Beyond simply solving your own problems, much can also be learned from better understanding the challenges of others in your community. Take fellow guest Mike Kogan’s example.
“Our goal at Compel America is to help eradicate bullying,” Kogan explains. “But what we see, is that often, anti-bullying efforts only focus on one group—kids getting bullied. The problem is much broader than that. It involves parents, educators, employers and even the bullies themselves. When seeking validation for a socially conscious idea, you need to be mindful of the multitude of groups that are impacted by your core problem.”
It can help to take a step back and look at your business idea in a broader context. While there may be one group that’s your primary focus, any concept centered around the greater good will have an impact that reaches beyond just that initial target audience.
Speaking with others who’d be impacted by your product or service will prove essential for gaining a better understanding of how the concept would work in the real world.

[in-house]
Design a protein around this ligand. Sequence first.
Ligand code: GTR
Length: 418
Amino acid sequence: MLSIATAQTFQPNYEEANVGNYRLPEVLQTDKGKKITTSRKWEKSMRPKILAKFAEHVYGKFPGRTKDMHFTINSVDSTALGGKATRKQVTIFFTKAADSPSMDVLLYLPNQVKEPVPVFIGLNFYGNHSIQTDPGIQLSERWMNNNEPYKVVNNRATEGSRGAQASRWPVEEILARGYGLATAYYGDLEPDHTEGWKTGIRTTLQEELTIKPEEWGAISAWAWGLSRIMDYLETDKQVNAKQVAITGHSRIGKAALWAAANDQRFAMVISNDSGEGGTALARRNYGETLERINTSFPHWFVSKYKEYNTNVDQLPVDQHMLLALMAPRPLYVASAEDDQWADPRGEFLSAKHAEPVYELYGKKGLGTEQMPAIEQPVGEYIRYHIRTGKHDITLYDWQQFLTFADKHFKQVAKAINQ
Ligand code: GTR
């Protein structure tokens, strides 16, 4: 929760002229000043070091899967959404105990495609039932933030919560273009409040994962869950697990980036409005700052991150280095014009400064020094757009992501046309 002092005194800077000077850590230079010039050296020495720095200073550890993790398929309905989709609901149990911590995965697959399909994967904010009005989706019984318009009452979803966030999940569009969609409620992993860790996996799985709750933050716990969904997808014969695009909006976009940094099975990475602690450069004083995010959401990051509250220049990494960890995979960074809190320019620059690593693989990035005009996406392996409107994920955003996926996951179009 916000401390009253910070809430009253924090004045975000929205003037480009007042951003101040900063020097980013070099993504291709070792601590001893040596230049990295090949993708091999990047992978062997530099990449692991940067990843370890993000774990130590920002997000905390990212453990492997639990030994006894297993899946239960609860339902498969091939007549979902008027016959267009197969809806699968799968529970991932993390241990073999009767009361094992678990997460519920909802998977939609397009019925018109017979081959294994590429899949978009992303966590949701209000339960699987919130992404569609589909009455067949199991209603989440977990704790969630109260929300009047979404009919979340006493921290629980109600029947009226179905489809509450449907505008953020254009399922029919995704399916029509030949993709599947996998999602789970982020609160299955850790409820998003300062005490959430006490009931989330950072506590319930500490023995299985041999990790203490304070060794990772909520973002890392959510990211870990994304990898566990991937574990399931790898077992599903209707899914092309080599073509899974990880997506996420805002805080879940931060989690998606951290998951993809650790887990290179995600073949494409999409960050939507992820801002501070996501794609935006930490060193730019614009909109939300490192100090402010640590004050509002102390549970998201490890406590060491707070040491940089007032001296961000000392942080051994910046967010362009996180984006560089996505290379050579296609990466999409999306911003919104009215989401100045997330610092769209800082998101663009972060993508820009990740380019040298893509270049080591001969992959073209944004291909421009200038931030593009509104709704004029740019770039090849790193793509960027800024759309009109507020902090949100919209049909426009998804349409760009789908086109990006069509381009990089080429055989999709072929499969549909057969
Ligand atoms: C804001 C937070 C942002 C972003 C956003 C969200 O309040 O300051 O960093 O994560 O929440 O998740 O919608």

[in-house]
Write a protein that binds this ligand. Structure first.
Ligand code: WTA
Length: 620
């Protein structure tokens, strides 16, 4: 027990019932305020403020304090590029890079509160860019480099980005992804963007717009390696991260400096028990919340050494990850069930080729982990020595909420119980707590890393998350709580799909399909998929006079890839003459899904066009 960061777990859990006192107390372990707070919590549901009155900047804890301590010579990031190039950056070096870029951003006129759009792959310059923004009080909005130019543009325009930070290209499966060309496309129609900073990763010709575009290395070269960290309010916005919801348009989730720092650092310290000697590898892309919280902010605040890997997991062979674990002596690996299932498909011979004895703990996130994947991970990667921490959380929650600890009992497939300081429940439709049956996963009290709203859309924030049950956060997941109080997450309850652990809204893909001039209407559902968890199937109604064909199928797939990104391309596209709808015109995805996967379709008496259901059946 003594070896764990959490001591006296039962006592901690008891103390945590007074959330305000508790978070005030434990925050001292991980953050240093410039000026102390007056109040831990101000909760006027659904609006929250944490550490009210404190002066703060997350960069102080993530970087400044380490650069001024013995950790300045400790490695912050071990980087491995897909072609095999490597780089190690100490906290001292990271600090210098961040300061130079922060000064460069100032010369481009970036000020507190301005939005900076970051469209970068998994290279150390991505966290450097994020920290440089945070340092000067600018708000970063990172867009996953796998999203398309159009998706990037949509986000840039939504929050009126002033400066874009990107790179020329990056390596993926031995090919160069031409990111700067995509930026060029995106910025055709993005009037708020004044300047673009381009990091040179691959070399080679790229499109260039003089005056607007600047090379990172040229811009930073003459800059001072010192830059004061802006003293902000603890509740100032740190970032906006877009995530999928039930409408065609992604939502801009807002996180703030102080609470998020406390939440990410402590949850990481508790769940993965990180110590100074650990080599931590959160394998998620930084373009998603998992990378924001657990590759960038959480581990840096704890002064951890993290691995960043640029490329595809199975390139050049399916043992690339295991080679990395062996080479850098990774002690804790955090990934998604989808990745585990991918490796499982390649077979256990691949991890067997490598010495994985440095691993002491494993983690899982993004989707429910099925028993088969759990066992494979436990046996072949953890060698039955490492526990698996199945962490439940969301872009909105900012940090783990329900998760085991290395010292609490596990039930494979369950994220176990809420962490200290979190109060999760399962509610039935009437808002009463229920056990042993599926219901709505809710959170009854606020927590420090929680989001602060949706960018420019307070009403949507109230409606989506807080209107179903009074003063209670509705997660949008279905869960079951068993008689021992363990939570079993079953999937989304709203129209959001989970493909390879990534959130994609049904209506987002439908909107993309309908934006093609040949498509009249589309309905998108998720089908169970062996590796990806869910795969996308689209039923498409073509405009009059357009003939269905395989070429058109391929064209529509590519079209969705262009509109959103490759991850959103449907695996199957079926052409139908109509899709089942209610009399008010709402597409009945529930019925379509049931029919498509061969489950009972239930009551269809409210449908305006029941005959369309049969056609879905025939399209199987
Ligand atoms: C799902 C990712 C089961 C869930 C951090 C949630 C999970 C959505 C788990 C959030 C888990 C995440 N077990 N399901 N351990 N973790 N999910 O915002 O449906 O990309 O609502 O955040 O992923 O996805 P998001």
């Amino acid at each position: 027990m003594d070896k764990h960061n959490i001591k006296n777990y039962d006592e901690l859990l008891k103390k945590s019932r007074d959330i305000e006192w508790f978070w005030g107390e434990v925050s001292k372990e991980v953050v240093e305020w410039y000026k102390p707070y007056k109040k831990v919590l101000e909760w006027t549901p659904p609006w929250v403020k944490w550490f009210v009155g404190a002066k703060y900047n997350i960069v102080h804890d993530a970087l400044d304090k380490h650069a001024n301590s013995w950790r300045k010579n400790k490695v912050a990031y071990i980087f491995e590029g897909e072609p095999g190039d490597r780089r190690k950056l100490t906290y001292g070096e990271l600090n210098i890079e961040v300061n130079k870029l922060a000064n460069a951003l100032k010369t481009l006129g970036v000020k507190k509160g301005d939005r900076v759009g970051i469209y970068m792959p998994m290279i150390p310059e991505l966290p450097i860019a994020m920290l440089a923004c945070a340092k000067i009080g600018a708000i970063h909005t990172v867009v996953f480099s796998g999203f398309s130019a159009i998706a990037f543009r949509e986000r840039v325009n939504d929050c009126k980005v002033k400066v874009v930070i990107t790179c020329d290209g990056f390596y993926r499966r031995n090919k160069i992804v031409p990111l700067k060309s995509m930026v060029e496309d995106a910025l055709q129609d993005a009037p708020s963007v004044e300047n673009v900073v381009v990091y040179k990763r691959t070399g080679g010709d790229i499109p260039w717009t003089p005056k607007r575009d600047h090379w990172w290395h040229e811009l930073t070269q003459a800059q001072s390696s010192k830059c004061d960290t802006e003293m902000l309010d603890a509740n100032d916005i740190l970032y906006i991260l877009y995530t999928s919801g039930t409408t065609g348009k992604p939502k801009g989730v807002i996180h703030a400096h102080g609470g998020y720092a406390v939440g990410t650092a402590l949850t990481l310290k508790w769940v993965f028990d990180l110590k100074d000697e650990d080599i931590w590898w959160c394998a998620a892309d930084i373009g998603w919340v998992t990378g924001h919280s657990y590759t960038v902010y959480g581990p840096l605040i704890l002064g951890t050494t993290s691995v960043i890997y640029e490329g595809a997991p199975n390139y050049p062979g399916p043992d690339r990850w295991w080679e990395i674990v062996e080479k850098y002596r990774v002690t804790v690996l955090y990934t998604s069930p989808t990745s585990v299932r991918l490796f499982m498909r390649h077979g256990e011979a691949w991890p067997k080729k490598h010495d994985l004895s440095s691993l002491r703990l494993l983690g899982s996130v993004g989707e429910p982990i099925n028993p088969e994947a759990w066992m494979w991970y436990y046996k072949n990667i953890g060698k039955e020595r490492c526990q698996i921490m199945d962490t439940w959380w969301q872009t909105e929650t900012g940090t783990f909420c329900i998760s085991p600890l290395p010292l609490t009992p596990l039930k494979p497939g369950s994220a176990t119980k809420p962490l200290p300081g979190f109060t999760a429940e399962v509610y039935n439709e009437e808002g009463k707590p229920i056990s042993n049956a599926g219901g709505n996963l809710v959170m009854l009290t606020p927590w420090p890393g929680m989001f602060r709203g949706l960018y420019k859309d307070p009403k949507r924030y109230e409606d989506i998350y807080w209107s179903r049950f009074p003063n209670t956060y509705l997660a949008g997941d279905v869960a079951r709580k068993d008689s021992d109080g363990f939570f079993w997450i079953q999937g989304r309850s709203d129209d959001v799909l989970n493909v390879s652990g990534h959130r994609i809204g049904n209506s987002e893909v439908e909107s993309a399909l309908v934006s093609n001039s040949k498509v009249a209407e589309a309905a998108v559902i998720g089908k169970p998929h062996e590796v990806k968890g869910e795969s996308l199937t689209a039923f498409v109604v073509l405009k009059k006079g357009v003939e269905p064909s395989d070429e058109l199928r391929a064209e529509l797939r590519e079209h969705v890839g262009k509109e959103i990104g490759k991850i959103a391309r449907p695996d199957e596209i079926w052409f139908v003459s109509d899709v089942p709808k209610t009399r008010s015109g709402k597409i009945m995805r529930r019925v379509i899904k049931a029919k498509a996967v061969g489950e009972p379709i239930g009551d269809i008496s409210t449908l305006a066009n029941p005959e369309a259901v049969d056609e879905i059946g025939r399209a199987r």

3. Use Your Network
For Noone, using her own connections was a valuable initial source of validation and feedback.
“I’m fortunate enough that in the tech community there are a ton of people working on the road… the majority of them have older parents or older grandparents who Iris would apply to. Over the course of my time in tech and design so far, I made it a point to really build up a network,” she explains.
Noone adds, “I’m not one for really tapping into favors, but at this time I reached out to everyone I knew.” This mindset even helped her get in contact with medical professionals, another key audience for her emergency notification app.
“I also was connected with a doctor who worked on my grandfather’s team when he was in the hospital for end-stage cancer. You don’t forget those people, and depending on the scenario, they usually don’t forget you either,” Noone explains. Taking time to build relationships now, regardless what stage your idea is in today, will help you find the people best-suited to help you in the validation process.